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"It's great to have a place to come to where you know you're being taken care of, where everything being done is really in your best interest."
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Cathy V.
The [skin care] products after the facial have made such a difference!  I am looking better & my skin is feeling so much better.
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Anonymous
"Wonderful, I really enjoyed getting my services done here. The staff was friendly and knowledgeable. The esthetician performed a micro[dermabrasion] and European facial the day of service, and I ...
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Nena T.
"I have loved the PS. [Purify Solutions] line at Marianna's! Because of the salicylic acid solution, I no longer have to buy several prescription creams!"
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Carolyn B.
One of the best estheticians I've ever had.
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Anonymous
"I travel distances to see you…no question…you’re the best in all your disciplines".
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Michele B.
Every Time I visit Marianna's I am always 100% satisfied, and not only do they treat my skin, they educate me about my skin. Their clean and natural products are literally the only products that work ...
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Teresa P.
"You are an angel! The best I’ve ever had. Thank you."
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Sher
Escellent skin care - too bad you aren't in CA [California] where I live!
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Anonymous
Maybe the best massage I ever had - the hot rocks were used in a way that was just fantastic!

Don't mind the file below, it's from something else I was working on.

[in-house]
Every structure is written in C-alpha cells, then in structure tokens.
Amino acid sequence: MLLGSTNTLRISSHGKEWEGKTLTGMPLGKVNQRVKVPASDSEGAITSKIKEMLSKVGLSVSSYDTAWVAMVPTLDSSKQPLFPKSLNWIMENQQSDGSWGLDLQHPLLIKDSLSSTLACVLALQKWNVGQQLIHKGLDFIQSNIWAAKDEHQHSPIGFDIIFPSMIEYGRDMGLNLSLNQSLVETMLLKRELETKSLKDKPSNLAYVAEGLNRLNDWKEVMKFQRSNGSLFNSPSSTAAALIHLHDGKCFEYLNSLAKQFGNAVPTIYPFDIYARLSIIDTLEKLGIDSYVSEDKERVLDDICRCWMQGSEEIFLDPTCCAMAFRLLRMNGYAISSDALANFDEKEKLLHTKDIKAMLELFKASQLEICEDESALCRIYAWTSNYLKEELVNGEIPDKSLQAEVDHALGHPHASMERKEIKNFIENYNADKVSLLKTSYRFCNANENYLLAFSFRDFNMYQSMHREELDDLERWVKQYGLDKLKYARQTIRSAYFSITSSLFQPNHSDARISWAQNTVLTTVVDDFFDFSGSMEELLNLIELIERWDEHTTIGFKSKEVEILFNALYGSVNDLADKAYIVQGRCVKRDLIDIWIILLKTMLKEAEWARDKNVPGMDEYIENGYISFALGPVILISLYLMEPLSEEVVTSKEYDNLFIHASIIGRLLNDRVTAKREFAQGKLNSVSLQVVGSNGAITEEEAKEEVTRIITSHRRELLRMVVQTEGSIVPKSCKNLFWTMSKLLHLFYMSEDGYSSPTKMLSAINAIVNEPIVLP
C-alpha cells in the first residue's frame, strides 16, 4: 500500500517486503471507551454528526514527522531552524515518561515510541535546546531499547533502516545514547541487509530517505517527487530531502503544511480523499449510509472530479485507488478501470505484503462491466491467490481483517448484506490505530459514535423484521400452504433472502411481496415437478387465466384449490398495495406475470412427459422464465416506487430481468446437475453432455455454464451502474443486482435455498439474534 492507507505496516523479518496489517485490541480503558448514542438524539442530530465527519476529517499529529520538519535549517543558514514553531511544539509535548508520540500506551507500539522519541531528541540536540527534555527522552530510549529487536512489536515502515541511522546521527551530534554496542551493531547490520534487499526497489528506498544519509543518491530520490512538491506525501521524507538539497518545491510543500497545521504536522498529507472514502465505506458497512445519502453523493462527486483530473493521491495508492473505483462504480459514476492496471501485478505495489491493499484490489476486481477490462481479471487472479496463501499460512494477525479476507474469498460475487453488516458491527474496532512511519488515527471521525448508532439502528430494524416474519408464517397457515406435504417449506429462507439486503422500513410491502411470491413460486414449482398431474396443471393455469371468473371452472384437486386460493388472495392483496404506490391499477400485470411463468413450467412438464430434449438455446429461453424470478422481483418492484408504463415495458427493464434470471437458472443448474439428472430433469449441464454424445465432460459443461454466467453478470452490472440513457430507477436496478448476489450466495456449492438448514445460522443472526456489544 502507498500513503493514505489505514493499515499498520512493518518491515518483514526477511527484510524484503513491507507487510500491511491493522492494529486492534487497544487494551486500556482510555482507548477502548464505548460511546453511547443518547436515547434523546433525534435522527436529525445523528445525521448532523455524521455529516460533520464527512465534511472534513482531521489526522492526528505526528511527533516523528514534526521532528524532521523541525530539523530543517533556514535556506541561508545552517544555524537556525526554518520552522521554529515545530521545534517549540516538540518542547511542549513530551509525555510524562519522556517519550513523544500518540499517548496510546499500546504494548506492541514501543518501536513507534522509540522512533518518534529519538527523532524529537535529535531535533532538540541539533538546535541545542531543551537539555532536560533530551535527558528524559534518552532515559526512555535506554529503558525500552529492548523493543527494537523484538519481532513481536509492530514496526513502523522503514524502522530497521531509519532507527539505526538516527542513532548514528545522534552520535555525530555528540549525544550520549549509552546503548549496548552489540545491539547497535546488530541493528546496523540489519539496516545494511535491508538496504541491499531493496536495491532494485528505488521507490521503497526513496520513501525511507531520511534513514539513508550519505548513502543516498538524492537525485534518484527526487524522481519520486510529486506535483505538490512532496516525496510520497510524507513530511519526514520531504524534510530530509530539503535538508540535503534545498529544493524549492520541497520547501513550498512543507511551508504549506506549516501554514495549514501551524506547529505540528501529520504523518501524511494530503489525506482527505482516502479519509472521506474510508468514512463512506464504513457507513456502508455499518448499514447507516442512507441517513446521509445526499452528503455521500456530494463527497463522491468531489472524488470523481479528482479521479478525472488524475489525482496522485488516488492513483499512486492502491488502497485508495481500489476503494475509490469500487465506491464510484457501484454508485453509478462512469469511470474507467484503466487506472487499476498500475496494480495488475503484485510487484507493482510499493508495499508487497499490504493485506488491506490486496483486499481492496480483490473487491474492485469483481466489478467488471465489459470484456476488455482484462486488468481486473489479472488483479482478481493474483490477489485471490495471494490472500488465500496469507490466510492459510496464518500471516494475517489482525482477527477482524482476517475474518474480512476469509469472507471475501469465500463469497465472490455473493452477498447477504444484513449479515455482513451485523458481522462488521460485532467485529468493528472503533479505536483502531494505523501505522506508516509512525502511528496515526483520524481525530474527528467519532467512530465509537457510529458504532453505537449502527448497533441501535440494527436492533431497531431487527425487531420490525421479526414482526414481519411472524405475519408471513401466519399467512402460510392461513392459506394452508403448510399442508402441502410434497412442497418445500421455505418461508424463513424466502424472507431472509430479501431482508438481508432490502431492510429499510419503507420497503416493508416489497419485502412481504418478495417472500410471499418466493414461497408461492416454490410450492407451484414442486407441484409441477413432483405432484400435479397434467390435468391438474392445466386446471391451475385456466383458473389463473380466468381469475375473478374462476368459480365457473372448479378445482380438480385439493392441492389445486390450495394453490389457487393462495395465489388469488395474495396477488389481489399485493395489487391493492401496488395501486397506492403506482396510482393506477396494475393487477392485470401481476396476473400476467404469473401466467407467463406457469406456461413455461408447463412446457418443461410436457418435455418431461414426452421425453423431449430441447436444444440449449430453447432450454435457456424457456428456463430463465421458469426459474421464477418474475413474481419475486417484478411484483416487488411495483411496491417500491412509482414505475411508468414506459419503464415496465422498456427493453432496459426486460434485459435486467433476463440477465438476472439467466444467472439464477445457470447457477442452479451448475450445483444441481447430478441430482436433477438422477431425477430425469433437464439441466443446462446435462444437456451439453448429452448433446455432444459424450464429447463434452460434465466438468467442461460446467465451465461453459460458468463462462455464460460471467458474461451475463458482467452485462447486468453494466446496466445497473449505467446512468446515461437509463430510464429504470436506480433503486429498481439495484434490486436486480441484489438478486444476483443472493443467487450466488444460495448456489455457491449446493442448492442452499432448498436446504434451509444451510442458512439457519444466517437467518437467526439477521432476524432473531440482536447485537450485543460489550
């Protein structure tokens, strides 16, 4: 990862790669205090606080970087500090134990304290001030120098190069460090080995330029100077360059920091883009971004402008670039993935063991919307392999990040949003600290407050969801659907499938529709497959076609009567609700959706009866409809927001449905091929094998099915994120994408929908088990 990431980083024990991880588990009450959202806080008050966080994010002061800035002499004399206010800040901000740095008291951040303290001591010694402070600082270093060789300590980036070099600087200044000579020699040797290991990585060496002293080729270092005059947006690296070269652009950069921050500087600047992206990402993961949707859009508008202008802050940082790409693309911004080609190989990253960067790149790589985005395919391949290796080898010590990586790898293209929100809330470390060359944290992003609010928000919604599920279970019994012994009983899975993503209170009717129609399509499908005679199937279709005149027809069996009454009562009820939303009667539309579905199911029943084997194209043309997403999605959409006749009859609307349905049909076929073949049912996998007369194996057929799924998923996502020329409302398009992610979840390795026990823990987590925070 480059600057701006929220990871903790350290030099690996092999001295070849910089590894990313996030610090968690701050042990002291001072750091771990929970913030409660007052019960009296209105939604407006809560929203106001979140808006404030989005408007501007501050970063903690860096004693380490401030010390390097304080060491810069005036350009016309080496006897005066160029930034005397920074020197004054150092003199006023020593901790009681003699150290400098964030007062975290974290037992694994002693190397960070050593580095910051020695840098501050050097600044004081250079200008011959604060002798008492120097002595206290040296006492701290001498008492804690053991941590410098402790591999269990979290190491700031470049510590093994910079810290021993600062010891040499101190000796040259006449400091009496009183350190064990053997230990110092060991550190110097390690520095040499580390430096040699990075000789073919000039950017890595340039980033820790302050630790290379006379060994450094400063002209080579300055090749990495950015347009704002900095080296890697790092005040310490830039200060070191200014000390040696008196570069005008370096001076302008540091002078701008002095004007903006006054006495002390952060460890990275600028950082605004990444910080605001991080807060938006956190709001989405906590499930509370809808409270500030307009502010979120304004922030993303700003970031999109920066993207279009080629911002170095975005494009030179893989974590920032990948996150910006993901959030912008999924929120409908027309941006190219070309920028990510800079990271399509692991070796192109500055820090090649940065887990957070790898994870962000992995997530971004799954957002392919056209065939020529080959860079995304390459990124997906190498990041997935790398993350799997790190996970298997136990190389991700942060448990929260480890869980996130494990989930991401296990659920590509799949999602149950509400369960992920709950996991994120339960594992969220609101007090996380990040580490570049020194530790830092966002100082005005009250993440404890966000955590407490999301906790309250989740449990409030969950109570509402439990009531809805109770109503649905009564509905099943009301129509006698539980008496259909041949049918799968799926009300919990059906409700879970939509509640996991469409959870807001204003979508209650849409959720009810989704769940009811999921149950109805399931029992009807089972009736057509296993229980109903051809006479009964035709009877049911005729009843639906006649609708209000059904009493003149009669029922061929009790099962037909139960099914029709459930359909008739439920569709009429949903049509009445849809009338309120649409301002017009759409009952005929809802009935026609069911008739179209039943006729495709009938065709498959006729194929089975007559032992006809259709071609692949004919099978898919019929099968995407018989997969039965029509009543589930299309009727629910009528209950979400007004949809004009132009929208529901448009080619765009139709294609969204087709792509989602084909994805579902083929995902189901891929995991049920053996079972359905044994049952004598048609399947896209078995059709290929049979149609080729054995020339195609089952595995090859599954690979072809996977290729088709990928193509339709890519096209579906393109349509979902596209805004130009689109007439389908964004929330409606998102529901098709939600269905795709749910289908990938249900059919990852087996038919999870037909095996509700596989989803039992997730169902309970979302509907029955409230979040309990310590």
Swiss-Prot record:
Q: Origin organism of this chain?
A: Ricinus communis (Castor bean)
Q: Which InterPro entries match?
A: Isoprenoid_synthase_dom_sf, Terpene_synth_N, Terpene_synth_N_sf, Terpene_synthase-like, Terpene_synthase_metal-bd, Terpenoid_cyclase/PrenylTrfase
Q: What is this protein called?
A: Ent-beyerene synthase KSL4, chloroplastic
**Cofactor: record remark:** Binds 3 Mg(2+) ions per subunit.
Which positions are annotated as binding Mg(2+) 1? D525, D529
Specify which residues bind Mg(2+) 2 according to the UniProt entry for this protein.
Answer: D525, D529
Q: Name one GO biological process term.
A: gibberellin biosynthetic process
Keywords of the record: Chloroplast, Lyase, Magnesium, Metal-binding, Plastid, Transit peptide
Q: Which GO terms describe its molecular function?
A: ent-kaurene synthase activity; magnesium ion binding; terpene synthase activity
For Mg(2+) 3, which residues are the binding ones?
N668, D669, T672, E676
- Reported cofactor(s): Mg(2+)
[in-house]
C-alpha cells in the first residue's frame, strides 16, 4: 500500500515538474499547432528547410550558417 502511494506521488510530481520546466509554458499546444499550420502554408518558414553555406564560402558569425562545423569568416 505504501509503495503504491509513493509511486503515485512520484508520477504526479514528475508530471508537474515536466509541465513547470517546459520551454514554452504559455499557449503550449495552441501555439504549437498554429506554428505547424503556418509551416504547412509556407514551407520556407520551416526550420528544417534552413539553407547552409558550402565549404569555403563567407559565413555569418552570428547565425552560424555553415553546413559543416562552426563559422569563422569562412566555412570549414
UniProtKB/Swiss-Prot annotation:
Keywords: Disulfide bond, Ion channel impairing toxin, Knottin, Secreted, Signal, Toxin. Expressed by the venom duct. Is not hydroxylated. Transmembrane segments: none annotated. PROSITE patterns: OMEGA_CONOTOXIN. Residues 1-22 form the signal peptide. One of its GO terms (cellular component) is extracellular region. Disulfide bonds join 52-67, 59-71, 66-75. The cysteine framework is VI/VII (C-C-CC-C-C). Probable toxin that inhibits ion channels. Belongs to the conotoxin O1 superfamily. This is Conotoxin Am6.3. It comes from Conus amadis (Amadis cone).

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Anonymous

Chronic stress puts your health at risk

Chronic stress can wreak havoc on your mind and body. Take steps to control your stress.

 

Your body is hard-wired to react to stress in ways meant to protect you against threats from predators and other aggressors. Such threats are rare today, but that doesn't mean that life is free of stress.

On the contrary, you undoubtedly face multiple demands each day, such as shouldering a huge workload, making ends meet, and taking care of your family. Your body treats these so-called minor hassles as threats. As a result you may feel as if you're constantly under assault. Like a huge knot in your belly. But you can fight back. You don't have to let stress control your life.

Understanding the natural stress response

 

When you encounter a perceived threat — a large dog barks at you during your morning walk, for instance — your hypothalamus, a tiny region at the base of your brain, sets off an alarm system in your body. Through a combination of nerve and hormonal signals, this system prompts your adrenal glands, located atop your kidneys, to release a surge of hormones, including adrenaline and cortisol.

Adrenaline increases your heart rate, elevates your blood pressure and boosts energy supplies. Cortisol, the primary stress hormone, increases sugars (glucose) in the bloodstream, enhances your brain's use of glucose and increases the availability of substances that repair tissues.

Cortisol also curbs functions that would be nonessential or detrimental in a fight-or-flight situation. It alters immune system responses and suppresses the digestive system, the reproductive system and growth processes. This complex natural alarm system also communicates with regions of your brain that control mood, motivation and fear.

When the natural stress response goes haywire

 

The body's stress-response system is usually self-limiting. Once a perceived threat has passed, hormone levels return to normal. As adrenaline and cortisol levels drop, your heart rate and blood pressure return to baseline levels, and other systems resume their regular activities.

But when stressors are always present and you constantly feel under attack, that fight-or-flight reaction stays turned on.

The long-term activation of the stress-response system — and the subsequent overexposure to cortisol and other stress hormones — can disrupt almost all your body's processes. This puts you at increased risk of numerous health problems, including:

  • Anxiety
  • Depression
  • Digestive problems
  • Heart disease
  • Sleep problems
  • Weight gain
  • Memory and concentration impairment

That's why it's so important to learn healthy ways to cope with the stressors in your life.